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why do swedes and finns hate each other so much?

justagirl
post 22.Apr.2007, 05:54 PM
Post #31
Joined: 5.Apr.2007

Pass the knäckebröd, please. smile.gif
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Zill
post 22.Apr.2007, 06:29 PM
Post #32
Joined: 11.Sep.2005

QUOTE (Mumintrollet)
Utter nonsense that some Finns are ashamed of their Finnish language. Swedish is also an official language in Finland and finlandssvenskar feel no less Finnish than a Finn who has Finnish as their mother tongue. They do not speak Swedish because they are "ashamed" of Finnish.

Finland does not strive to be just like Sweden either; comments like this are why the Finns, Norwegians and Danes perceive the Swedes to have some kind of superiority complex within Norden. It's only natural that there are many similarities between all the Nordic countries. It is not all one way. For instance, the Swedish government recently investigated the Finnish education system as a possible model for reform of the Swedish schooling system. Sweden's school system is ridden with discipline problems that do not exist in Finland. Finnish school children (of both national languages) also perform significantly better than Swedish ones.

I do not think there is any real hatred between Finns and Swedes. There is a genuine friendly rivalry, particularly in sports. Finns have their stereotypes of the Swedes (e.g. ifeminate Swedish men, obsessed with safety, unable to make a quick decision without a committee meeting etc) just as the Swedes have of the Finns (drunken knife fighters). They both like to make jokes about each other. But this is probably due to the closeness of the relationship rather than any hatred.

I agree with all of the above.

For a U.S. perspective on the Finland generally (and the Finnish education system), read this on the Washington Post Web site.

I think I have mentioned here before that the Finnish legal system (including what in the U.S. is called "common law") is based on the Swedish system, even though Finland has not been part of Sweden for nearly 200 years - this survived Finland being a part of the Czarist Russian empire for over a century.
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007
post 22.Apr.2007, 07:07 PM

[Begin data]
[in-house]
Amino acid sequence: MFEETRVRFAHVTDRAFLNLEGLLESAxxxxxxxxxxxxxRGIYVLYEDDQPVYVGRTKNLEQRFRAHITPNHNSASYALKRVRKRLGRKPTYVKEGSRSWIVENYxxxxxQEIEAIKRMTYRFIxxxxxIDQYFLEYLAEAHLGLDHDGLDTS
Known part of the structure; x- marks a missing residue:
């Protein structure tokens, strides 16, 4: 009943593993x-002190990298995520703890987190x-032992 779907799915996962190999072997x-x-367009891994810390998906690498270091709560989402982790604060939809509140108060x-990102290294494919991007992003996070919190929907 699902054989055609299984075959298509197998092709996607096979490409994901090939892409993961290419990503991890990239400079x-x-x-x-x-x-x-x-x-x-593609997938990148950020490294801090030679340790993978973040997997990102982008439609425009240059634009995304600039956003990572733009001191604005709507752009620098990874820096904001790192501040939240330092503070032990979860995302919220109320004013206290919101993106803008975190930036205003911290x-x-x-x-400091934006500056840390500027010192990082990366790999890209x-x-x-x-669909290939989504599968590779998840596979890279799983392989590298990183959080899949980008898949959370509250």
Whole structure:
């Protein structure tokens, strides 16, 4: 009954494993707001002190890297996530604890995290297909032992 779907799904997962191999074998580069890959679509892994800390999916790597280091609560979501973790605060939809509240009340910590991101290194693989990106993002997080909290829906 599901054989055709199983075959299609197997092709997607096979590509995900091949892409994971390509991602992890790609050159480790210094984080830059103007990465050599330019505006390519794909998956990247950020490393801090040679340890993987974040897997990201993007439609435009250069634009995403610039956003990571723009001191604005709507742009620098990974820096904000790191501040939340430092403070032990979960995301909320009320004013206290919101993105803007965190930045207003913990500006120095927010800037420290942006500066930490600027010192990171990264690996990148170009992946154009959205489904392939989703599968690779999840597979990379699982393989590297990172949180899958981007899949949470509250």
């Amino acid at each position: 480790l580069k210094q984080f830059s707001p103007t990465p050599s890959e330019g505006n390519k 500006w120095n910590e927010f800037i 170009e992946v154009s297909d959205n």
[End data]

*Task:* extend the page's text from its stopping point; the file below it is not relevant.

Post #33
Location: Stockholm
Joined: 2.Apr.2006

as i understand it, there are leftovers of a class issue. back in the day, the swedes--who became the finnlandssvenska (or whatever the spelling) were the "lords, counts--nobility" of the land.

there was a bit of that superiority smugness to swedish-speaking finns and along with smug superiority comes dislike from the general population. human nature.

swedish-speaking finns who feel it is "lower class" to speak finnish are most likely rather insecure people who grasp desperately at something to make them feel bigger than they are.

dr. seusse and the star-bellied sneeches comes to mind. laugh.gif
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justagirl
post 22.Apr.2007, 08:20 PM
Post #34
Joined: 5.Apr.2007

Like when Queen E. met Kate Middleton's mum. Kate's mum had the very poor manners to say, 'Pleased to meet you.' Right there the Queen knew who she was dealing with...and we know what happened to Kate. Dropped like a bad habit. That's class for you!
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Ems
post 22.Apr.2007, 08:32 PM
Post #35
Joined: 9.Dec.2005

I didn't use to like the Finnish language when I was younger, but I love it now. I just wish I could listen to it more often.
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Mzungu
post 22.Apr.2007, 09:01 PM
Post #36
Location: South Africa
Joined: 29.Aug.2004

There ya go! :wink:

http://www.youtube.com/watch?v=1T4jrYpo2m4
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periksson
post 22.Apr.2007, 09:44 PM
Post #37
Joined: 10.Jan.2007

QUOTE (Mzungu)
Not in the sauna though,it becomes very soggy.


Don't you mean bastu?
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Coalbanks
post 22.Apr.2007, 10:57 PM
Post #38
Joined: 16.Jun.2006